Always in search of new forms and materials, he leaves clay, bronze, granite and begins to produce large pieces in white cement, aided by workers from the region. This is the starting point for the “Habitacles” phase (1966), in which one embarks on the territory of architecture, with habitable sculptures.
The “Bichos” phase begins, a curious and fantastic zoo in many ways. At the same time, he conceived a large ensemble dedicated to “Man and the Family”, a large work (almost 8 meters long by 3 meters high), also executed in granite, which is found in the gardens of the Palácio dos Bandeirantes seat of the Government of the State of São Paulo. He also started to execute the great “Columns”, full of cavities, where rainwater could accumulate and cool birds, animals for which he always showed special affection. Emblematic of this phase is the “São Francisco”, with open arms awaiting the visit of the birds.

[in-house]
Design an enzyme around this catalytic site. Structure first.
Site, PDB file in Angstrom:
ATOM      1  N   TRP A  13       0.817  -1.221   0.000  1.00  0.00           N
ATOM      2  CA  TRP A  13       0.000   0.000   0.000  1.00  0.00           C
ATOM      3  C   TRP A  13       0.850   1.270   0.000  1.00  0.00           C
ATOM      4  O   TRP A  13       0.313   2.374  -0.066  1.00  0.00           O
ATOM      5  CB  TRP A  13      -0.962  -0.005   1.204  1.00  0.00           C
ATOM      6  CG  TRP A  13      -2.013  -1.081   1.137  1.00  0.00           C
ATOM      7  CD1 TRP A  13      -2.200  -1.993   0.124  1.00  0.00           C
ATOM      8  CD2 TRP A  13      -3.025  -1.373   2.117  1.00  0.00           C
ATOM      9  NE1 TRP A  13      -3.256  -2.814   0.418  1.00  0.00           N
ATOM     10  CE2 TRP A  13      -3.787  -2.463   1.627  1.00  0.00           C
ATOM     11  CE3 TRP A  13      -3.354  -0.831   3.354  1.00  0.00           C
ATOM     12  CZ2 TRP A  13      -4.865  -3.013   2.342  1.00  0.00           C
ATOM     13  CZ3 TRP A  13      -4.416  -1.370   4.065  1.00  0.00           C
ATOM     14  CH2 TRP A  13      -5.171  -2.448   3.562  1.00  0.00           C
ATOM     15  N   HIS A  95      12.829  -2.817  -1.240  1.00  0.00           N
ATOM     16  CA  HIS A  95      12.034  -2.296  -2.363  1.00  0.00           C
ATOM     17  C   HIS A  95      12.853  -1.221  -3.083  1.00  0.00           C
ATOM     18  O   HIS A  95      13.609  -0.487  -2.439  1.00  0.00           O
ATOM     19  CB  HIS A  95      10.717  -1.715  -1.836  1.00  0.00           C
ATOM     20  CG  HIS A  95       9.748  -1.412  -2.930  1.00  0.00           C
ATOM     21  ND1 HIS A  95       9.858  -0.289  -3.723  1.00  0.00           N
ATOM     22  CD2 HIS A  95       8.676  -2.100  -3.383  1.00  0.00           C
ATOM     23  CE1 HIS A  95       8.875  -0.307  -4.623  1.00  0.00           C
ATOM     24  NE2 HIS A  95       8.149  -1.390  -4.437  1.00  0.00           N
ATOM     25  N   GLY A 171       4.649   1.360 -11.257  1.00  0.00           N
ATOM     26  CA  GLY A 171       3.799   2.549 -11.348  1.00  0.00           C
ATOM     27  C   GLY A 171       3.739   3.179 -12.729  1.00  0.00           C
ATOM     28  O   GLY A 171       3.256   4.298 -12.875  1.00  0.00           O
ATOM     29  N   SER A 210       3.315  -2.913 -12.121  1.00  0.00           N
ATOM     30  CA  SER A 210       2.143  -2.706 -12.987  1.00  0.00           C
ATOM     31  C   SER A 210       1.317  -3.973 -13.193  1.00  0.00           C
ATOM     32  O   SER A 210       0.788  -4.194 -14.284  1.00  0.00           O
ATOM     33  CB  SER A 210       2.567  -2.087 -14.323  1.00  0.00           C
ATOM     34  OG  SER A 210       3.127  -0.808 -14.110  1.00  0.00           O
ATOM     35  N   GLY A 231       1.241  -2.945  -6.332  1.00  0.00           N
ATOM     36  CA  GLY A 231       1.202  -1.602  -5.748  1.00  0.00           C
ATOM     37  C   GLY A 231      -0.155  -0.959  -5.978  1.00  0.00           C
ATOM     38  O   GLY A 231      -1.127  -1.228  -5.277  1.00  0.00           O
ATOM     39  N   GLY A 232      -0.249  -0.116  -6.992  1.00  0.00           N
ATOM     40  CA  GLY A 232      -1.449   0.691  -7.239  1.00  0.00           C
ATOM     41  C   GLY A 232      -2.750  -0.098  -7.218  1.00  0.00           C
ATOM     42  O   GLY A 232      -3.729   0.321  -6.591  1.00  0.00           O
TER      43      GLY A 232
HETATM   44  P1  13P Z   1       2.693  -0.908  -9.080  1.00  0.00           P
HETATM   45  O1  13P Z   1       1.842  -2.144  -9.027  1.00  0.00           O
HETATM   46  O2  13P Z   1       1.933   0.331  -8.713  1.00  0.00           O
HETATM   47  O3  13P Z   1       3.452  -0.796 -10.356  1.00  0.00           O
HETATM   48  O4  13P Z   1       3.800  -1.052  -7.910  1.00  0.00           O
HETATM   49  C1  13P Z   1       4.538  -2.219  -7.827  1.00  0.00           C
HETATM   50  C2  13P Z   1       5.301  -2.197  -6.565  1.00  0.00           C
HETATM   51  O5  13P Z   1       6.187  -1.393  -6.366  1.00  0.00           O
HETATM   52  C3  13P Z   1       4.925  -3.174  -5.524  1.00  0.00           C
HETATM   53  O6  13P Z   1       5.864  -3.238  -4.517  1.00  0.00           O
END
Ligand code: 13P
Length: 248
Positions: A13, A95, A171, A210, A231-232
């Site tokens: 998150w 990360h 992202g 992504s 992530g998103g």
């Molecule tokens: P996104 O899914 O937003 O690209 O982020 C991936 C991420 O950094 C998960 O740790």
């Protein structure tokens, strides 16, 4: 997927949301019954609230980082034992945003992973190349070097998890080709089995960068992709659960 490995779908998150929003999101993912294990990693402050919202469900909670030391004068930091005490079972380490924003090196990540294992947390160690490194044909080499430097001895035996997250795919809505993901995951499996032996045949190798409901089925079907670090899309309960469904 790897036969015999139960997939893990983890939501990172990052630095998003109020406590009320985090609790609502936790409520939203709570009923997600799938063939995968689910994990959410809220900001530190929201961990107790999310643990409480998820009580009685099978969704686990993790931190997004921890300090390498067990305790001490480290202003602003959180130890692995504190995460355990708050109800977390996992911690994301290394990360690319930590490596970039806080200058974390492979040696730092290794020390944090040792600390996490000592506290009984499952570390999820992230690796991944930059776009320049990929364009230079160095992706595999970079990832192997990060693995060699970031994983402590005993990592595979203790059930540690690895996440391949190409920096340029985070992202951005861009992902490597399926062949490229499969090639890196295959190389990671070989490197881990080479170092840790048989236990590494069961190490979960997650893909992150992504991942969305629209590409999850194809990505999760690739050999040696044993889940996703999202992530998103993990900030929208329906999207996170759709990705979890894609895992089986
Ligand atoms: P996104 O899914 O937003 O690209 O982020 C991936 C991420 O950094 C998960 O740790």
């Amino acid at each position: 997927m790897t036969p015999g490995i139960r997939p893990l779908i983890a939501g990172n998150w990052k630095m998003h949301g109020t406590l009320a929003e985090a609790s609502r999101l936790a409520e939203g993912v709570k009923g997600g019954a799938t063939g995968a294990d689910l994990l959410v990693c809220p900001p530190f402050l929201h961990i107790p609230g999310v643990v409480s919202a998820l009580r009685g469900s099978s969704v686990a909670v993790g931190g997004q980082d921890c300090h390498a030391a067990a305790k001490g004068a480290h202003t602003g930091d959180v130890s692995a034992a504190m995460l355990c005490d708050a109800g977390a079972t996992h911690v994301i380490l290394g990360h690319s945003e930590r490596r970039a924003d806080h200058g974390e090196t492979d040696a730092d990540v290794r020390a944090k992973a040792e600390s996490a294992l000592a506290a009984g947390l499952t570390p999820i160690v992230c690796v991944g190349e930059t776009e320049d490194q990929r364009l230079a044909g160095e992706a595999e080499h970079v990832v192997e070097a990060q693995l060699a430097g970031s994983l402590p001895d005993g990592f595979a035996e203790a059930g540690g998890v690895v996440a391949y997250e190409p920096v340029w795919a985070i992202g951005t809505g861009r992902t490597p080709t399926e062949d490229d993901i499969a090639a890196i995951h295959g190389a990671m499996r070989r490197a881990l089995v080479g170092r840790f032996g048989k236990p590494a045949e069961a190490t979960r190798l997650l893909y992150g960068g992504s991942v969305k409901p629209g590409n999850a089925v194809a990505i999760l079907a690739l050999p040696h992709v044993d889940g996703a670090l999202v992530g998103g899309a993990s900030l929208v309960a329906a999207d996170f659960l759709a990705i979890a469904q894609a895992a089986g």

His love for nature and Campos do Jordão came true with the creation of the Felícia Leirner Museum by the Government of the State of São Paulo. All the works of her authorship and her property were donated by the sculptor to the newly created museum.
Official opening of the Felicia Leirner Museum.
Felícia Leirner continues her work, producing works within the museum itself. It is the phase of the “Portals”, with cut, flat shapes, which are distributed over the landscape as enigmatic messages.
It frames a crooked tree in the garden with its sculpture. It is the end of his production at the museum. From that moment, he retired to his home in Campos do Jordão, where he continues to be distracted by his talents as always. Embroider, make rugs, draw and write. Felícia continued to produce smaller clay sculptures, which were later cast in bronze. Almost all of them depicted birds.
Felícia Leirner passes away at the age of 92, quietly, in her house of São Paulo.